Bottom Line
Test Drive
Driving the 386

By Tim Barton
special correspondent

While first impressions can be misleading, 650 miles behind the wheel of the Peterbilt 386 - due to hit dealers this fall - tell me that this Pete is well worth considering.

This truck is marketed as a premium fleet vehicle. But plenty of owner-operators will find this new offering appealing for its rakish good looks, economy, maneuverability and overall drivability.

The 386 has been purposely designed to cut its way through the wind. It is a one-stack truck with full fairings, including fuel tank and toolbox housings. Under the sharp slope of the hood, a Cat C-15 rated at 475 hp at 2,100 rpm and 490 hp at 1,600 rpm, proves responsive in traffic, and I am at cruising speed in ninth quickly, heading toward Abilene, TX.

The 386 looks as if it can run, and it does. The Fuller 16909A is a simple and fuel-efficient tranny that matches well with the Cat. Certainly the broad torque band can help save fuel. There is plenty of low-end grunt as far down the rpm range as 1,000, and I leave it there as much as possible before grabbing eighth in the central Texas hills.

Pulling 40 tons, the 475 horses perform well. Its torque is solid all the way through the rpm range until 1,600 when horsepower

begins to require thicker streams of diesel. The owner-operator who wants a sexier transmission can convert the nine to a 13 speed, according to Peterbilt, a plus at trade-in when the sleeper can be detached and the truck turned into a construction vehicle.

There are three choices of interiors, with gauge packages including pyrometer, air filter sensor and manifold pressure. I like the manifold pressure gauge as an indication of fuel consumption.

The Cat ACERT engine responds to being driven for fuel mileage, and this truck should get between 5 and 6 mpg on the highway in typical coast-to-coast, mixed terrain, high-weight lanes.

The manifold pressure gauge gives an instant readout of how fuel consumption climbs and dives with throttle pressure. If you watch that gauge with the truck in cruise at highway speed, you can get a sense of the sweet spot - noticeably smaller since the introduction of the 2002 EPA compliant engines - but worth finding nonetheless.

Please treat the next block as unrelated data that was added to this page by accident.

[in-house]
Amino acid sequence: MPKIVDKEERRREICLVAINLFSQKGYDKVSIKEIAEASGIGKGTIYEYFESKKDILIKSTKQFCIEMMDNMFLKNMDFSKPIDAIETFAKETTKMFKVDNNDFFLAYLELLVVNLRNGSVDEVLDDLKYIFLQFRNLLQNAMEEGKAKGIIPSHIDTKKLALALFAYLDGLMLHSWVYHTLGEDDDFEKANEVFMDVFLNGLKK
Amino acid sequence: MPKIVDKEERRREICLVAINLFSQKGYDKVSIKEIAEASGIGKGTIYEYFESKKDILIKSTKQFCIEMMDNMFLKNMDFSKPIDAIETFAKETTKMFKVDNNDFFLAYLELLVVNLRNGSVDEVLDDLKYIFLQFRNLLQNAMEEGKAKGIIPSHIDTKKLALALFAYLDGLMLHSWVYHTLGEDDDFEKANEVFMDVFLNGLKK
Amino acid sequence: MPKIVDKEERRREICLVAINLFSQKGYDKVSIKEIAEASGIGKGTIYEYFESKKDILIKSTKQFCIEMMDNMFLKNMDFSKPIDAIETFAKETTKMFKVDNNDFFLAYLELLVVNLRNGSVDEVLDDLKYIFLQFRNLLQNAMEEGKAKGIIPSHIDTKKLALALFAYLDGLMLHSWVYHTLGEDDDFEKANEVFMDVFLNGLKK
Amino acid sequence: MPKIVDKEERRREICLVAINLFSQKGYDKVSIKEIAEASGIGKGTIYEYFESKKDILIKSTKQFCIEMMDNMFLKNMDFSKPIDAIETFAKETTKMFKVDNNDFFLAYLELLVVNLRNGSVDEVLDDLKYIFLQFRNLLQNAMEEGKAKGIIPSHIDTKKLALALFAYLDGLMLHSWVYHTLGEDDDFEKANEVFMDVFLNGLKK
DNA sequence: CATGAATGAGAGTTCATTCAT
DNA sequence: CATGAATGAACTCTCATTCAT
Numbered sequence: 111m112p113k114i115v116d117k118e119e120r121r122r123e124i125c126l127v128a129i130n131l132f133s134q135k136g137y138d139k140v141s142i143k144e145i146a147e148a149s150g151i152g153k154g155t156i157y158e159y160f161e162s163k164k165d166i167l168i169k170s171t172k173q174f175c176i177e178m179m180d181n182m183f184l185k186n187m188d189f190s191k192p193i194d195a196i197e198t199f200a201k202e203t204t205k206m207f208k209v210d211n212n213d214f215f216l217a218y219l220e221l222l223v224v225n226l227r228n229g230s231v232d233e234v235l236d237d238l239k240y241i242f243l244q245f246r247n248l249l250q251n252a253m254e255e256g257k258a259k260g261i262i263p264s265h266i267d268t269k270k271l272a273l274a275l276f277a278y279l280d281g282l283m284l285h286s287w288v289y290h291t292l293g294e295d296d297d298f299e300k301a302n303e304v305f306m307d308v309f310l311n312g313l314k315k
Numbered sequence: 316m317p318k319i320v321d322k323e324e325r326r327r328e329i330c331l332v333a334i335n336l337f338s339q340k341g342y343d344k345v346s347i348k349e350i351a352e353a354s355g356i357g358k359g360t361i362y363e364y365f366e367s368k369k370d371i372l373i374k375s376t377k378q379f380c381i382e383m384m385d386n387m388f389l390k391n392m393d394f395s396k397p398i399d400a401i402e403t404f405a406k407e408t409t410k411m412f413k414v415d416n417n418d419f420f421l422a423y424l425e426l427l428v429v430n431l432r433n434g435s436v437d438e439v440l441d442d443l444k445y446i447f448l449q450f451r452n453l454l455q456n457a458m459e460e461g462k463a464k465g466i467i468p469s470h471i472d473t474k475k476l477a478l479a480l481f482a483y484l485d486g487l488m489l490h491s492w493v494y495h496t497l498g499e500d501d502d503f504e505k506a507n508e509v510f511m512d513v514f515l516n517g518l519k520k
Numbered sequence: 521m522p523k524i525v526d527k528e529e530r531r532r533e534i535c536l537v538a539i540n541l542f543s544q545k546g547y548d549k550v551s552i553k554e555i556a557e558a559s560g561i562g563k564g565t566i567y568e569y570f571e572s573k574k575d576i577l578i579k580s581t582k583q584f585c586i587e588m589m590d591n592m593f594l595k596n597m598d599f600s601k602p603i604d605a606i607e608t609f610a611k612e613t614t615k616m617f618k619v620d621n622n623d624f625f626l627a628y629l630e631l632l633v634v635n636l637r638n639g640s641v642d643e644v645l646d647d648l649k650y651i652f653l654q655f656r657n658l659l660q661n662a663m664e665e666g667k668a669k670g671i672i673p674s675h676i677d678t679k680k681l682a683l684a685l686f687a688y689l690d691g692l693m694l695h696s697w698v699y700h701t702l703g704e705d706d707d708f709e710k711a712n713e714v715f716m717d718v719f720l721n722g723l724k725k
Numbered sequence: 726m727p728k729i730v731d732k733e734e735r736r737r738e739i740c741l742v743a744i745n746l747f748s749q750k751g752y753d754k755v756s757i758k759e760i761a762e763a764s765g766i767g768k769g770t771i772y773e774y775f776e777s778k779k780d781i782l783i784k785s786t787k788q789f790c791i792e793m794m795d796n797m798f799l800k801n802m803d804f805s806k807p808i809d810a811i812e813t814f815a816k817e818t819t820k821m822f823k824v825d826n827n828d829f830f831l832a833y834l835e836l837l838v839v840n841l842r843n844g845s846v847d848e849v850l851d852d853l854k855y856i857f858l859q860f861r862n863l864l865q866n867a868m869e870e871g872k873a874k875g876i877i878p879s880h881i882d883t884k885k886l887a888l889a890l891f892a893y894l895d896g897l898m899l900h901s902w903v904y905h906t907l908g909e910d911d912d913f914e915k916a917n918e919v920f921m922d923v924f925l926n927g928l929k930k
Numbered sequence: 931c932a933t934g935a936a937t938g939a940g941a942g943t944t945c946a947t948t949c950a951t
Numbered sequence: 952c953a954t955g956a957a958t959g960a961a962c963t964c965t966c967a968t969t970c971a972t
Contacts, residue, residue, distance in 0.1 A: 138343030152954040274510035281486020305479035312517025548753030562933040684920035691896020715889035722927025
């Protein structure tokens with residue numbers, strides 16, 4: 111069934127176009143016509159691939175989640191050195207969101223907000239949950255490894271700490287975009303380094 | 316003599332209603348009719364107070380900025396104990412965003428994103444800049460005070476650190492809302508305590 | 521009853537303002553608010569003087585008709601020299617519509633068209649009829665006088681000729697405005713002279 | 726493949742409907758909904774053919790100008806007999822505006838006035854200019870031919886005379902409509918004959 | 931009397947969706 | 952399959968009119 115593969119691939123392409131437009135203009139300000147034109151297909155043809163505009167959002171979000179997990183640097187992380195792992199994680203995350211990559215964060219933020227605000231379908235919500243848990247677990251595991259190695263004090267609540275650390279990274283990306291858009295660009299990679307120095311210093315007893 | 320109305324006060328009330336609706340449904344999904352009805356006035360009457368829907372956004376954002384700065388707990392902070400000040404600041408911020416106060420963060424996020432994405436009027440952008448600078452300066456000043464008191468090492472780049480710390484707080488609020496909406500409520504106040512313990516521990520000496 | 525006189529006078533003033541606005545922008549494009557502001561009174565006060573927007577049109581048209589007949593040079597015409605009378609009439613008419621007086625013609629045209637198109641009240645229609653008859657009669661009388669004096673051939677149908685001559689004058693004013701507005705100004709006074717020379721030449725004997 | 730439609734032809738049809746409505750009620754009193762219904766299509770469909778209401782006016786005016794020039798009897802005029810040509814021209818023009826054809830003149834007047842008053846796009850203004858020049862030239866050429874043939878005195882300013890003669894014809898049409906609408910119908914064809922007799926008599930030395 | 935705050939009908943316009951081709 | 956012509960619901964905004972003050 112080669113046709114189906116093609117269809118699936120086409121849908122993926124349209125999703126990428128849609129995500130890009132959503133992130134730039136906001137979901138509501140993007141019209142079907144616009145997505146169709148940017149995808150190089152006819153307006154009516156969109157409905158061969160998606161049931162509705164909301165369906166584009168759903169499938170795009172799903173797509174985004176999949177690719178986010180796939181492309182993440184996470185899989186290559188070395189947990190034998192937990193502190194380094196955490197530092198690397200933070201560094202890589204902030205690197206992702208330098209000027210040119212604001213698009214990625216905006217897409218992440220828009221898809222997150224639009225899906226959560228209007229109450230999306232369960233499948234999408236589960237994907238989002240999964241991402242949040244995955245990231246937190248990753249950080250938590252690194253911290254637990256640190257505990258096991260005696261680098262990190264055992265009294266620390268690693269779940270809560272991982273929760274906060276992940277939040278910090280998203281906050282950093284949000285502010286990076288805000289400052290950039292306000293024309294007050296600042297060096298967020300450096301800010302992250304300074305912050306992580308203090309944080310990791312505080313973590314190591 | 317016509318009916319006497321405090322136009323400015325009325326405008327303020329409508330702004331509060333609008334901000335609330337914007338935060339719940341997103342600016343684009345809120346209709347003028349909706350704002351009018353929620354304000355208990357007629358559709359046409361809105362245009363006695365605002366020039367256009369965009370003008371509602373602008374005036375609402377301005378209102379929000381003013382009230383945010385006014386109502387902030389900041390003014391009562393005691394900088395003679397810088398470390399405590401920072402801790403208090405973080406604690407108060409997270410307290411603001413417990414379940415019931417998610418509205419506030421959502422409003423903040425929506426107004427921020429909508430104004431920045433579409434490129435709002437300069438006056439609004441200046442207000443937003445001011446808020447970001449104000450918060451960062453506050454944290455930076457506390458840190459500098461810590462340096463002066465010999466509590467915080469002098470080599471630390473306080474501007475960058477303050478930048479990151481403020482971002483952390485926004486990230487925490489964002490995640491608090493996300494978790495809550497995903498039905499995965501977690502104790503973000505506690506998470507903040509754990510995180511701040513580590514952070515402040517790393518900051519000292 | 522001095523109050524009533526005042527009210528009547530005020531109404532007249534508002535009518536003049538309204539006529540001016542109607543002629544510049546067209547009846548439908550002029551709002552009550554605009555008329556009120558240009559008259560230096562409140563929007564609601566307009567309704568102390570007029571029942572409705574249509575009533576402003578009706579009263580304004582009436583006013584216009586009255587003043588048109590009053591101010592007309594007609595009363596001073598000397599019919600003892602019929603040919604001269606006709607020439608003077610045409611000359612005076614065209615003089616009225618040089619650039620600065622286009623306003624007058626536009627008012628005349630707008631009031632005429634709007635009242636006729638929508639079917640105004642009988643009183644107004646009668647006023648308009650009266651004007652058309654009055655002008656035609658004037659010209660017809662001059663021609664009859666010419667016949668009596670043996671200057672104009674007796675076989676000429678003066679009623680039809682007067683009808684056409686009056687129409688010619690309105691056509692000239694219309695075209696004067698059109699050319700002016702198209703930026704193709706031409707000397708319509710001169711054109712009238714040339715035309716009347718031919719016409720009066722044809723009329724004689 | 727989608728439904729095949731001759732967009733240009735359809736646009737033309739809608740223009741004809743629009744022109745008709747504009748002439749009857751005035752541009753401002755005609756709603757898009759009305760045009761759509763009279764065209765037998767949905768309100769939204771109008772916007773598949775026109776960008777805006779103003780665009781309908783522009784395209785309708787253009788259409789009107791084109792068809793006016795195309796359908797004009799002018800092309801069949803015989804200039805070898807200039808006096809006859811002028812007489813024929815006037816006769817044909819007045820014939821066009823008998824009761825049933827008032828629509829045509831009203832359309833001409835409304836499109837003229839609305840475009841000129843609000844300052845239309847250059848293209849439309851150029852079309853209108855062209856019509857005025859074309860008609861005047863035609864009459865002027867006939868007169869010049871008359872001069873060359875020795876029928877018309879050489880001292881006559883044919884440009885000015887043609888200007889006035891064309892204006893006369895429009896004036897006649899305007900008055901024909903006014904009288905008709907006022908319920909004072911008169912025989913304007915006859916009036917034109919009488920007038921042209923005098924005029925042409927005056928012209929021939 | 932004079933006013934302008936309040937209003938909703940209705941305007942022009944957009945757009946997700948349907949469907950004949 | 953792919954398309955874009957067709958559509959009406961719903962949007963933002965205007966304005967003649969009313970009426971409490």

The basic package is extremely driver friendly, inside and out, and the mid-level version Pete 386 made me want to see that place where the aerodynamic 387 and the 379 meet.

Take the hood, for example. One of the first things I noticed when I got in the truck was the hood, which is much more radically sloped toward the radiator than the 379. You can see a groundhog from behind the wheel.

The side windows are bigger and the peephole has been resized in the right direction. I could find no blind spots on this vehicle. Mirrors are beautifully and simply mounted on the frame, not the door, providing excellent visibility even on the blind side.

The cockpit is small and gives the truck a drivability I enjoyed. Its 47-percent wheel cut helps carry this impression throughout the typical process of taking tight corners and reversing into small holes. I was comfortable in the National seat, particularly because it comes with two armrests. The steering wheel can be adjusted to the proper height and distance to see the gauges.

There are two sleeper options, including the 70-inch version I drove. The fit and finish continue throughout the sleeper, and there is ample storage and lighting. A top bunk is in place, which many will use for storage, and it is constructed to allow for such use without the worry of flying belongings.

The 386 handled well and flowed true to course with both hands off the wheel. This characteristic comes through on the Texas two-lane headed south.   

 I also begin to notice that noise levels are low; I am tired and I have another 200 miles and the little things can get annoying. I am glad to find the radio in the dash, where it belongs, rather than in the headliner. This is when a well-thoughtout, well-made truck shows its lineage.

I spent the night near Waco and started north late to stay out of morning rush hour and think about the last 500 miles.

The new more efficient ventilation and HVAC system kept the truck comfortable on a very hot Texas night, but I woke up wishing for a system to maintain the fuel efficiency of the vehicle by providing heat or air without the necessity of allowing the engine to crank. There are plenty of aftermarket products that will help a fleet save money and a driver save fuel.

If driving is about getting freight to its dock on time at the lowest possible cost, the driver is more or less an expert at energy management. Every pedal movement and shift, every braking event can be done with saving energy in mind.

In braking, Pete leads the pack with its introduction of the Bendix air disc brake, an innovation in the states that has been standard in Europe for quite some time. The 386 brakes well and evenly using the new air discs and fleets will have the knowledge that they will be ready when new stopping distance requirements make their use nearly unavoidable.

I am back in Denton, TX, by early afternoon, ready as any driver to pack up and head for the house. But as an ex owner-operator, I have the feeling I'd be a lot more willing to call dispatch for a load if I had this truck to get back to. It looks like a winner to me.

Contact Tim Barton at or visit his Web site at